September 2, 2022

Calgary Pride: Why does it Matter to Mainstreet?

Back To List

It’s Pride Week in Calgary, and while in many cities this week marks the official beginning of Summer, it actually marks summer’s end here. Beginning in the last days of August, and ending in the first few days of September, it’s a fun, positive way to bring summer to a close while celebrating the freedoms we enjoy and the progress we have made. Working in Calgary for a company like Mainstreet, that progress is clear. Whether you’re moving into the urban chic of Avenue Tower or prefer the side-street peacefulness of Mount Royal Apartments, you’ll find a bright welcoming rainbow flag sticker to welcome you home!

What does that flag mean these days, and what has it meant through the years? What does it mean in Calgary, and what does it mean to Mainstreet? Well, Pride has taken on many meanings to different people, and while it originally began as protest, these days it’s more often enjoyed as a celebration intended to preserve the momentum that has propelled the cause of personal freedom ahead.

Discrimination on the basis of sexual orientation or gender is illegal in Canada, where once it was a widespread practice. The Alberta Human Rights Act specifies that “a landlord cannot refuse to rent to an individual based on their sexual orientation. Discrimination or harassment because a person is gay, lesbian, bisexual or heterosexual, or perceived as such, is not permitted under the AHR Act.

Laws like this and companies like Mainstreet who practiced this long before it was law proves that people can change, that societies can change, and that culture can progress and improve. When you’re renting an apartment or townhome from Mainstreet, though, you know that you’re going to be treated with respect not just because it’s the law but also because it’s who we are and it’s what we believe.

Still, it’s true that members of the LGBT community continue to face challenges not experienced by their heterosexual neighbors, and the transgendered community, in particular, faces discrimination, but it’s important to celebrate the distance traveled and the ground we’ve gained so we don’t lose hope for the years to come.

Calgary Pride has a long history dating back to 1987, one year before the massive 1988 Winter Olympics were to take over the city. That first year, Pride was celebrated as a festival comprised of several events but notably, without the parade so commonly associated with Pride festivals. According to Calgary Pride’s website, those events included a concert, a family picnic, a workshop, community displays, and a dance.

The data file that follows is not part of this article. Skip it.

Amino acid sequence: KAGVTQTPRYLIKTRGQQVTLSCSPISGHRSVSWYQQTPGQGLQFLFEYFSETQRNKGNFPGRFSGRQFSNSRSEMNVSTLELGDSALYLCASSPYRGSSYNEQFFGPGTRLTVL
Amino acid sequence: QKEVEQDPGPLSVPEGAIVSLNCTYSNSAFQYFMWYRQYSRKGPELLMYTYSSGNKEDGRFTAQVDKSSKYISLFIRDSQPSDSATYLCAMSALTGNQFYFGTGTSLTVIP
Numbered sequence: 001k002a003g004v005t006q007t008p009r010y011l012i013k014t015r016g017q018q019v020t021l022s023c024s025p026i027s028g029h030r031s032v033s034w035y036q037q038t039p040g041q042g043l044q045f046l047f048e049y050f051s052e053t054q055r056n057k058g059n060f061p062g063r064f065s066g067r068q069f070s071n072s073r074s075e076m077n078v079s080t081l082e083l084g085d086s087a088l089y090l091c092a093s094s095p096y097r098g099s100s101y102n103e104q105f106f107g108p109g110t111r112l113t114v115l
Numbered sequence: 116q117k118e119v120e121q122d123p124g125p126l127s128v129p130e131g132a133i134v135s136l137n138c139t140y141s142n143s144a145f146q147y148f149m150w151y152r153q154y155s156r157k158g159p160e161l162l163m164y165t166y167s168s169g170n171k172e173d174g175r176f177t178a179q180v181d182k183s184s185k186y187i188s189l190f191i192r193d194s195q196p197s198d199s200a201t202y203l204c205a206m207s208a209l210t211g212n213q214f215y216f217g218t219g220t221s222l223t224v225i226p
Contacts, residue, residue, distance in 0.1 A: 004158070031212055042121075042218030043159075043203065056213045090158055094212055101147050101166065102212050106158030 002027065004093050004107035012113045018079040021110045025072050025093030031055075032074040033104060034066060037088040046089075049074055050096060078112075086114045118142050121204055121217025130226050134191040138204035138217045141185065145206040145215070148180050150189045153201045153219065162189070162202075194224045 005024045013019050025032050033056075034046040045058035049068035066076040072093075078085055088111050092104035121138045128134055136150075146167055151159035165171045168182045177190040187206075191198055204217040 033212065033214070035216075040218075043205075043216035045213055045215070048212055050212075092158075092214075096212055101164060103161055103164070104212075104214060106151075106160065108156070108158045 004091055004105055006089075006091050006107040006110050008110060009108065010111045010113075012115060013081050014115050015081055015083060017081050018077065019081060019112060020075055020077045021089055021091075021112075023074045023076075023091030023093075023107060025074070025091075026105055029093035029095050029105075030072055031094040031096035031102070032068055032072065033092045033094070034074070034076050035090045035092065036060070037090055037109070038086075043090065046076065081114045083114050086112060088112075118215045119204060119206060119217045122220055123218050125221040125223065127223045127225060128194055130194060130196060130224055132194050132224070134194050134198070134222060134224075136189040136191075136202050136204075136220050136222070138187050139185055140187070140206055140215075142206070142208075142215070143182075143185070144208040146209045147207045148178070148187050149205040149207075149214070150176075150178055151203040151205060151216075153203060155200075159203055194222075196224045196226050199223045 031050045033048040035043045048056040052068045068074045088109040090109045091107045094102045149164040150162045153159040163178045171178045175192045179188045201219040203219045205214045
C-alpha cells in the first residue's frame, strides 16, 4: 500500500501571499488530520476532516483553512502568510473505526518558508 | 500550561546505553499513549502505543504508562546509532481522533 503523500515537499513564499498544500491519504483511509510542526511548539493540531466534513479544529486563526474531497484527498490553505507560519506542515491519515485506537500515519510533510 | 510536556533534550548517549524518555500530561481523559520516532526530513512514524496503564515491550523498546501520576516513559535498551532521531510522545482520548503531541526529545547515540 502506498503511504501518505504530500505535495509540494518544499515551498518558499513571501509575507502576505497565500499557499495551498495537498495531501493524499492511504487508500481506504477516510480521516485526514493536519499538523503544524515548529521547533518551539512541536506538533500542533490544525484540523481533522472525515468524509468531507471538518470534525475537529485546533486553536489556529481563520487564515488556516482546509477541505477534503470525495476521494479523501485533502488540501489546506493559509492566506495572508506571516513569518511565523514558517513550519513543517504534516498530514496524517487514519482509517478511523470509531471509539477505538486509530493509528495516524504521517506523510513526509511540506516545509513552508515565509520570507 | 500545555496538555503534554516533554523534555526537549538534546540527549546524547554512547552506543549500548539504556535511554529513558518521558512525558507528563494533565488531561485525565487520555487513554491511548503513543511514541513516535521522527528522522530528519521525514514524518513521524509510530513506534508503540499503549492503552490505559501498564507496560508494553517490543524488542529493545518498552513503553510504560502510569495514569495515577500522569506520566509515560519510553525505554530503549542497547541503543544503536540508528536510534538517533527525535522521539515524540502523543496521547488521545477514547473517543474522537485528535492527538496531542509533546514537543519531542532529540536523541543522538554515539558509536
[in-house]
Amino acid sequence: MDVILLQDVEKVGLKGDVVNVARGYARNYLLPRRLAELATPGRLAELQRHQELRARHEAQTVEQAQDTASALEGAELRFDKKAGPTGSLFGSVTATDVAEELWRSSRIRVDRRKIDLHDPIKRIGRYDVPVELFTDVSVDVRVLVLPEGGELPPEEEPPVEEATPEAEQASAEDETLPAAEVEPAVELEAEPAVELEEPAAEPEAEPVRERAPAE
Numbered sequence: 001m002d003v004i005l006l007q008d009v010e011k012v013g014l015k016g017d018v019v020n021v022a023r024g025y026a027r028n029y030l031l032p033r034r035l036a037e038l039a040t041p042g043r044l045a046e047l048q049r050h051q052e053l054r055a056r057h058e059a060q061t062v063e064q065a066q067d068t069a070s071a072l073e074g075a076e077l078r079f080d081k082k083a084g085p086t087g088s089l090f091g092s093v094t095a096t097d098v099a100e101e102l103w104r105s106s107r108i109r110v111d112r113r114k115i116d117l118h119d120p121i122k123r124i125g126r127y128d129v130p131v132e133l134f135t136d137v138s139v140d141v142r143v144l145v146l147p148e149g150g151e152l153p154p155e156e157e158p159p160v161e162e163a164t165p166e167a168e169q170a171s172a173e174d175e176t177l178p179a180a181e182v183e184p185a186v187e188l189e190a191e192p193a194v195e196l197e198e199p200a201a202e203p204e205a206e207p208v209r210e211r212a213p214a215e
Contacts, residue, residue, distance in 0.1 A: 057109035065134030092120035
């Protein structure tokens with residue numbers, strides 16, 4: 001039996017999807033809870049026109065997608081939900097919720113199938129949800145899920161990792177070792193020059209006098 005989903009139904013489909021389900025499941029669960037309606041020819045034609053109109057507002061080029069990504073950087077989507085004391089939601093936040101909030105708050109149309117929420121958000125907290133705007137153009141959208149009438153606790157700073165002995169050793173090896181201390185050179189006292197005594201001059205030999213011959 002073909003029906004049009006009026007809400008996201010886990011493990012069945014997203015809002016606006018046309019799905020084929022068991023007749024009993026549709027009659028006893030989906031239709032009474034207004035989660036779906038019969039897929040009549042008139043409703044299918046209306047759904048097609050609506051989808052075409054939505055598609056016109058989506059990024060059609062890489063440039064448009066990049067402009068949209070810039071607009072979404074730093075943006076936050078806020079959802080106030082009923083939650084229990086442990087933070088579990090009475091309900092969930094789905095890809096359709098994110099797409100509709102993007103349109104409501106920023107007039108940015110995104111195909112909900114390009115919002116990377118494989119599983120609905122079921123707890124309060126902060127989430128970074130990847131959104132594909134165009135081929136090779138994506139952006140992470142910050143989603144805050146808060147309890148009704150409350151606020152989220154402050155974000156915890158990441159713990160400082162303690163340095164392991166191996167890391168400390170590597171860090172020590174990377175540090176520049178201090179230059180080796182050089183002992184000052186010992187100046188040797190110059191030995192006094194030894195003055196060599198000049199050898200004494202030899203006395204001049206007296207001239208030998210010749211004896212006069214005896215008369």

It’s important to remember what was on the line for those courageous enough to attend these early Pride festivals. Again, from the Calgary Pride website we learn:

We heard so many stories of people afraid to come to the rally. Because at that time you could be fired, evicted or denied services of you were gay, lesbian or transgender. People who were schoolteachers, social workers, and government employees were particularly concerned.
- Nancy Miller, part of the CLAGPAG steering committee

To address many of these concerns, and in a wink to the history of the city, Calgary Pride encouraged attendees concerned about being identified and suffering retaliation to wear Lone Ranger-style masks, doubling as a clear symbol of the discrimination that confronted the community. As the years continued to pass, though, things improved. The festival grew larger and larger as did the community itself, and even saw the parade led in 2001 by former Progressive Conservative Prime Minister Joe Clark, eventually growing into this incredible event that injects millions into the city of Calgary each year.

Working at so inclusive a company as Mainstreet, we’re constantly striving to do our part to advance social equity and ensure that we create workplaces where everyone is welcome and places to live that everyone can call home. For this reason, we proudly display a rainbow flag on all of our buildings to communicate our vision of remaining among the most welcoming residential companies in the world.

We hope you are living in a place that is affordable, comfortable, and as welcoming as Mainstreet’s many properties across Western Canada are. We also hope you have the opportunity to attend some of the exciting and fun events put on by Calgary Pride this year, and we encourage you to learn much more of the fascinating history of Calgary Pride by visiting their website or checking out CalgaryGayHistory and giving it a read!

Happy Pride from Mainstreet!